The Computer Science Education Week coincides with the “Hour of Code” initiative. This example lesson is based on MIT’s Scratch (which is similar to App Inventor).
There are 33 introductory tutorials available for the “Hour of Code” project (teachers may optionally create their own as well).
One of the official tutorial opportunities is based on App Inventor.
Use caution in interpreting the hype over “Hour of Code”. It’s a primitive introduction to some limited programming concepts; many of the tutorials have limited association with computer science. If your expectations are set appropriately, its fine.
The upcoming Jack & Jill compilers in Android | Saikoa.
Most Android apps are written in the Java programming language. Google’s Android software development system converts “source code” (a text file) written in Java, into the code that runs on the Android device.
In many programming language systems, source code is converted into the “machine instructions” of the processor. The processor does not speak “Java” but speaks its own language. A program called a “compiler” converts the original program source code into the “machine language” of the processor.
Many programs for Windows, for example, have been converted into the individual instructions that are processed by an Intel or AMD processor. The “compiler” converts the program source code into a .exe file that contains the machine language instructions of the Intel and AMD processor.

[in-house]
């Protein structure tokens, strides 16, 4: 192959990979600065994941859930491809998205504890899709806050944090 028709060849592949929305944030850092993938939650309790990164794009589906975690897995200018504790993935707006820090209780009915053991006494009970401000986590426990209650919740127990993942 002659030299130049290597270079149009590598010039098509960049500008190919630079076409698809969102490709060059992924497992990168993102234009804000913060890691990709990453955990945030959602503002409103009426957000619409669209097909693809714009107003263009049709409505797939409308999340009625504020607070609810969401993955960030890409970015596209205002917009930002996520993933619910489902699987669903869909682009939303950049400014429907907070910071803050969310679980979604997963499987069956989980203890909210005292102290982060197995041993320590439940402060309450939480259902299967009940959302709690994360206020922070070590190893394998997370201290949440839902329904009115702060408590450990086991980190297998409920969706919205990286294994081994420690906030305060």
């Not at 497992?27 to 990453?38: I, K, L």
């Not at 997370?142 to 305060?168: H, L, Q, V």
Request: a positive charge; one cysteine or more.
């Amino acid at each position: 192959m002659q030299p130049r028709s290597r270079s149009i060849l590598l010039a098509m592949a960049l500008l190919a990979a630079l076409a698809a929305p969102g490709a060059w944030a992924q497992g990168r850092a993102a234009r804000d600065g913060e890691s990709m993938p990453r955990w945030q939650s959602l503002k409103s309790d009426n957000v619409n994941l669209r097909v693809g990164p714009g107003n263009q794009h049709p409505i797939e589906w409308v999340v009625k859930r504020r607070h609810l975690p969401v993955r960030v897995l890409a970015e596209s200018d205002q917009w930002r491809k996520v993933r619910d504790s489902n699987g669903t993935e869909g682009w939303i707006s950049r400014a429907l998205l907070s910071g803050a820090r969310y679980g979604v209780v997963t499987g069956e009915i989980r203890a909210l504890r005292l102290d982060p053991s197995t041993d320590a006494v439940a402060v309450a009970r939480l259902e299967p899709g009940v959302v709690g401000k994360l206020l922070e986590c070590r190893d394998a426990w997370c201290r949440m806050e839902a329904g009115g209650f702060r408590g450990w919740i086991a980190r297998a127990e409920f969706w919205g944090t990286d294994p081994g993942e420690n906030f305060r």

But what if you wanted your program to run on a hardware device that has a Qualcomm or ARM processor?
Continue reading Google expected to introduce new Java compiler
Here is an easy to read report on which programming languages are now “hot” in the market for software developers: Don’t Rely On Salary Data To Pick A Programming Language To Learn – ReadWrite.
The pace of change in software development is rapid – popular languages today may already be fading. Pay scales for some niche languages are very high (such as Ruby)- but the market opportunity might not be large or lengthy.
Web applications and mobile applications are the “hot” categories. Within those categories, there are a variety of currently popular software development tools:
Continue reading What are the hot programming languages for today
Thank you to those that are following these updates via Facebook.
Facebook tries to automatically figure out what posts you read. But if you do not “like”, “click on”, share or comment on pages that you have “Liked”, Facebook removes those pages from your daily “newsfeed”! And that means pages like the App Inventor 2 Tutorial gradually disappear from your FB newsfeed!
There are two ways to fix this defect in Facebook.
1. To insure that updates are posted to your newsfeed, click on “Like” on the App Inventor 2 FB page and then click on “Get Notifications” in the drop down menu:
You can change this setting at any time by visiting the App Inventor 2 page.
Continue reading Facebook followers: Click on “Get Notifications” to stay up to date
Back up your App Inventor projects by saving them to your computer’s hard drive.
To save a copy of an individual App Inventor project, open the project and select Projects | Export selected project (.aia) to my computer.
Continue reading Saving your App Inventor projects to your computer